In This chapter:
Advanced Wireless Technologies, Inc.
Each chip contains the following registers. They are addressed as specified in Figure 2-1.
Ciphertext0 (64 bits = 8 bytes)
The value of the first ciphertext being searched. Ciphertext0 is identical in all search units and is set only once (when the search system is first initialized).
Ciphertext1 (64 bits = 8 bytes)
The value of the second ciphertext being searched. Ciphertext1 is identical in all search units and is set only once (when the search system is first initialized).
PlaintextByteMask (8 bits)
The plaintext byte selector. One-bits in this register indicate plaintext bytes that should be ignored when deciding whether or not the plaintext produced by a particular key is possibly correct. This mask is helpful when only a portion of the plaintext's value is known. For example, if the first S bytes equal a known header but the remaining three are unknown, a PlaintextByteMask of 0x07 would be used.
PlaintextXorMask (64 bits = 8 bytes)
This register is XORed with decryption of ciphertext0. This is normally filled with
Figure 2-1: Register Addressing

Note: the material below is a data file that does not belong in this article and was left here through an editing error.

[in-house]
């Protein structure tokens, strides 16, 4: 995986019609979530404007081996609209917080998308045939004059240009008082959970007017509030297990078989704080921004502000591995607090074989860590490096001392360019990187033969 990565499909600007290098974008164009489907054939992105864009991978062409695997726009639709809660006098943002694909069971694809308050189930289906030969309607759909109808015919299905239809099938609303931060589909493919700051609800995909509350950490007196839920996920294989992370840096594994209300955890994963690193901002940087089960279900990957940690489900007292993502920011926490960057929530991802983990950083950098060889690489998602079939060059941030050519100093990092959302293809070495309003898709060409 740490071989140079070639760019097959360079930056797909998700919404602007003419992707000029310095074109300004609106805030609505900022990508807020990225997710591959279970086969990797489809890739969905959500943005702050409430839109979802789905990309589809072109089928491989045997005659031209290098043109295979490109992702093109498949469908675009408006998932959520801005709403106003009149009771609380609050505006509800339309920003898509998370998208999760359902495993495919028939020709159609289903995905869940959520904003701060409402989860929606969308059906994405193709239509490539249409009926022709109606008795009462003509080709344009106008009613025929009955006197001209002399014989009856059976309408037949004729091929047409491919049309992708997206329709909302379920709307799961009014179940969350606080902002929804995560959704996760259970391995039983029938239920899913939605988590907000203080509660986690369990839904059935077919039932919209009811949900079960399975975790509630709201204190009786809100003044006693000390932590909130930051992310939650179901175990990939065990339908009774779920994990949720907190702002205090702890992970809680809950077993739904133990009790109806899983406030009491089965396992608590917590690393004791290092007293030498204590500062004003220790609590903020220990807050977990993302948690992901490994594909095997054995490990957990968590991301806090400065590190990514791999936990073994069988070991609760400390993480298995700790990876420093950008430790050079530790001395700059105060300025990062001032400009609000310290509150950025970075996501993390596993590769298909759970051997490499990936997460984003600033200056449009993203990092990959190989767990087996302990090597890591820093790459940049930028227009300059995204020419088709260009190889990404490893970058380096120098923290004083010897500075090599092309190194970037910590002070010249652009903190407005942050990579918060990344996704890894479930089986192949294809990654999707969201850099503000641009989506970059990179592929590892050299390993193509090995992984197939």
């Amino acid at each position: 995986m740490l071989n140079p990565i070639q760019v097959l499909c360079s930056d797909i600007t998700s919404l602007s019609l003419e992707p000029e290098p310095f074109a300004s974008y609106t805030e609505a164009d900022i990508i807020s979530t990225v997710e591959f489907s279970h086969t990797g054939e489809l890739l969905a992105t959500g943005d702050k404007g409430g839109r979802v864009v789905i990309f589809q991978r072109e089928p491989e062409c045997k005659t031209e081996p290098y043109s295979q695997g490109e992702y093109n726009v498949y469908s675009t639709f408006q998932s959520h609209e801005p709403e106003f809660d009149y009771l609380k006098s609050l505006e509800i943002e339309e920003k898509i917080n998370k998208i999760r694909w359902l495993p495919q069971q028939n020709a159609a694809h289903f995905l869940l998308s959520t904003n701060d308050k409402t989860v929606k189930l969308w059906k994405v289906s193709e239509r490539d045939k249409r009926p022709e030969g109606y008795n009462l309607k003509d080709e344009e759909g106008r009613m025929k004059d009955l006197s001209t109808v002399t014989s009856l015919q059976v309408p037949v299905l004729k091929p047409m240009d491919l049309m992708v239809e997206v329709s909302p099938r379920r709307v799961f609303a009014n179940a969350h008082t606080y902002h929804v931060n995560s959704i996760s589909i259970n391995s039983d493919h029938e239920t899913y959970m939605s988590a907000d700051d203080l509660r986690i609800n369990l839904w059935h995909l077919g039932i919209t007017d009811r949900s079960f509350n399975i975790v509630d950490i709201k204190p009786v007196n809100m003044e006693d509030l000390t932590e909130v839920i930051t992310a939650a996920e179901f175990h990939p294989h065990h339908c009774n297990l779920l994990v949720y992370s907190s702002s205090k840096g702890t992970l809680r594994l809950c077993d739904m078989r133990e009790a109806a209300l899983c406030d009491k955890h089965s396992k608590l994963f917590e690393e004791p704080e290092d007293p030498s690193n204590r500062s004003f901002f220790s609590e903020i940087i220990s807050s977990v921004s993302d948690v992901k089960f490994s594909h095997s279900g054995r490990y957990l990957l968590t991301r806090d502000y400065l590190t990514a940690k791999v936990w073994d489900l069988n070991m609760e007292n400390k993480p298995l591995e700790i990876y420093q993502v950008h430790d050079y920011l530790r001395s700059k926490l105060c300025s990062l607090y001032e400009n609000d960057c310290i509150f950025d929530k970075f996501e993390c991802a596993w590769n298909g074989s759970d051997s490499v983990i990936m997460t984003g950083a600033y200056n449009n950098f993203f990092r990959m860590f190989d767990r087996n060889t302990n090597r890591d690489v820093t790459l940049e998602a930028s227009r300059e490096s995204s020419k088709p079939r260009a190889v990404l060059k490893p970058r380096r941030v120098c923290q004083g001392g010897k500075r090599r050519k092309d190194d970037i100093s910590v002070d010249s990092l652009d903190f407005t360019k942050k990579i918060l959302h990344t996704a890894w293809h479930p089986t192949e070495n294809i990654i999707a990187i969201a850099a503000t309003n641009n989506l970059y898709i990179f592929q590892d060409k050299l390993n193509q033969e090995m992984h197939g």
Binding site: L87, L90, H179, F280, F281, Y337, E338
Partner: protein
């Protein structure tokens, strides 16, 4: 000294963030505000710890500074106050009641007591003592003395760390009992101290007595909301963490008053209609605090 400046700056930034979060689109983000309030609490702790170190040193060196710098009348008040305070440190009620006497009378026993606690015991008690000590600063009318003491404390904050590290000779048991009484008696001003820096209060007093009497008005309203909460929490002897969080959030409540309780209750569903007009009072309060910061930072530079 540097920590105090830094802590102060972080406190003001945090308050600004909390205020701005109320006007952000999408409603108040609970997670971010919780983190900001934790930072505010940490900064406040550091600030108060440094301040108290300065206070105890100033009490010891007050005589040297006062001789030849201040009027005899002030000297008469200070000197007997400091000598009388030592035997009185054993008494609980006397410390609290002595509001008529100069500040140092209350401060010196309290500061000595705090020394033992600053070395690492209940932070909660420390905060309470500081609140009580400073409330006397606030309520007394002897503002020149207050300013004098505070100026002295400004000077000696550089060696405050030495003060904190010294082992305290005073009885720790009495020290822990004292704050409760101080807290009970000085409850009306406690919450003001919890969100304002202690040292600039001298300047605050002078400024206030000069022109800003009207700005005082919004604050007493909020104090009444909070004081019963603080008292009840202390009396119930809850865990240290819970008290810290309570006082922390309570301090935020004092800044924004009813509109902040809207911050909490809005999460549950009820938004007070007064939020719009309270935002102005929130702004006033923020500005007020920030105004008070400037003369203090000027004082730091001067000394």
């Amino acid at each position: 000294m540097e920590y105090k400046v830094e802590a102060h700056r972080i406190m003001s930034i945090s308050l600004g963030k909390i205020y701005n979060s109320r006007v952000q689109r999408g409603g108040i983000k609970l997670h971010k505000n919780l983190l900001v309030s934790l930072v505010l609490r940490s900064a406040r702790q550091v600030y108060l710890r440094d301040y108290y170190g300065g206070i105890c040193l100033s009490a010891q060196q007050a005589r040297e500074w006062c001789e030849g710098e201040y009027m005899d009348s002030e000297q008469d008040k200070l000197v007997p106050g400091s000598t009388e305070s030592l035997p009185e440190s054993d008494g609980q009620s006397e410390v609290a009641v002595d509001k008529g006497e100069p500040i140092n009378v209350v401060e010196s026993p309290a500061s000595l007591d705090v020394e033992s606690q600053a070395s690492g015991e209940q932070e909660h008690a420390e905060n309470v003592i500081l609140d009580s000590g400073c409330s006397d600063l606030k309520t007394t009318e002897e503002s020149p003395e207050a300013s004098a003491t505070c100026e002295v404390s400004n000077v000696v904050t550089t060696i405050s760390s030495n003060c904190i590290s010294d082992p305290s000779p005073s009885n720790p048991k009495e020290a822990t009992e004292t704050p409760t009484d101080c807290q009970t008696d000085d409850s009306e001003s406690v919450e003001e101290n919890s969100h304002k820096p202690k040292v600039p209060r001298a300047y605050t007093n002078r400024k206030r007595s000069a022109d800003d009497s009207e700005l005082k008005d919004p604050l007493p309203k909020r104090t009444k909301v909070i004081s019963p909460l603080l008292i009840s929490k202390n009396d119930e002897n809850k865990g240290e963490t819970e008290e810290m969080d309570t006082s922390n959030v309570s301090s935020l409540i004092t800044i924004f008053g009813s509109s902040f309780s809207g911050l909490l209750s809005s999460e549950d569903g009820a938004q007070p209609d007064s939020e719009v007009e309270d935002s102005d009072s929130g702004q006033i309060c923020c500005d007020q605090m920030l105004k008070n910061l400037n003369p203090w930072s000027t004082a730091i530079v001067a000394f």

Register(s) Description & Comments 0x00-0x1F PlaintextVector 0x20-0x27 PlaintextXorMask 0x28-0x2F Ciphertext0 0x30-0x37 Ciphertext1 0x38 PlaintextByteMask 0x39-0x3E Unused (reserved) 0x3F SearchInfo 0x40-0x47 Search unit 0 key counter (0x40-0x46) and SearchStatus (0x47) 0x48-0x4F Search unit 1 key counter (0x48-0x4E) and SearchStatus (0x4F) 0x50-0x57 Search unit 2 key counter (0x50-0x56) and SearchStatus (0x57) 0x58-0x5F Search unit 3 key counter (0x58-0x5E) and SearchStatus (0x5F) 0x60-0x67 Search unit 4 key counter (0x60 0x66) and SearchStatus (0x67) 0x68-0x6F Search unit 5 key counter (0x68 0x6E) and SearchStatus (0x6F) 0x70-0x77 Search unit 6 key counter (0x70-0x76) and SearchStatus (0x77) 0x78-0x7F Search unit 7 key counter (0x78-0x7E) and SearchStatus (0x7F) 0x80-0x87 Search unit 8 key counter (0x80-0x86) and SearchStatus (0x87) 0x88-0x8F Search unit 9 key counter (0x88 0x8E) and SearchStatus (0x8F) 0x90-0x97 Search unit 10 key counter (0x90-0x96) and SearchStatus (0x97) 0x98-0x9F Search unit 11 key counter (0x98-0x9E) and SearchStatus (0x9F) 0xA0-0xA7 Search unit 12 key counter (0xA0-0xA6) and SearchStatus (0xA7) 0xA8-0xAF Search unit 13 key counter (0xA8-0xAE) and SearchStatus (0xAF) 0xB0-0xB7 Search unit 14 key counter (0xB0 0xB6) and SearchStatus (0xB7) 0xB8-0xBF Search unit 15 key counter (0xB8-0xBE) and SearchStatus (0xBF) 0xC0-0xC7 Search unit 16 key counter (0xC0-0xC6) and SearchStatus (0xC7) 0xC8-0xCF Search unit 17 key counter (0xC8-0xCE) and SearchStatus (0xCF) 0xD0-0xD7 Search unit 18 key counter (0xD0-0xD6) and SearchStatus (0xD7) 0xD8-0xDF Search unit 19 key counter (0xD8-0xDE) and SearchStatus (0xDF) 0xE0-0xE7 Search unit 20 key counter (0xE0-0xE6) and SearchStatus (0xE7) 0xE8 0xEF Search unit 21 key counter (0xE8-0xEE) and SearchStatus (0xEF) 0xF0-0xF7 Search unit 22 key counter (0xF0-0xF6) and SearchStatus (0xF7) 0xF8-0xFF Search unit 23 key counter (0xF8-0xFE) and SearchStatus (0xFF)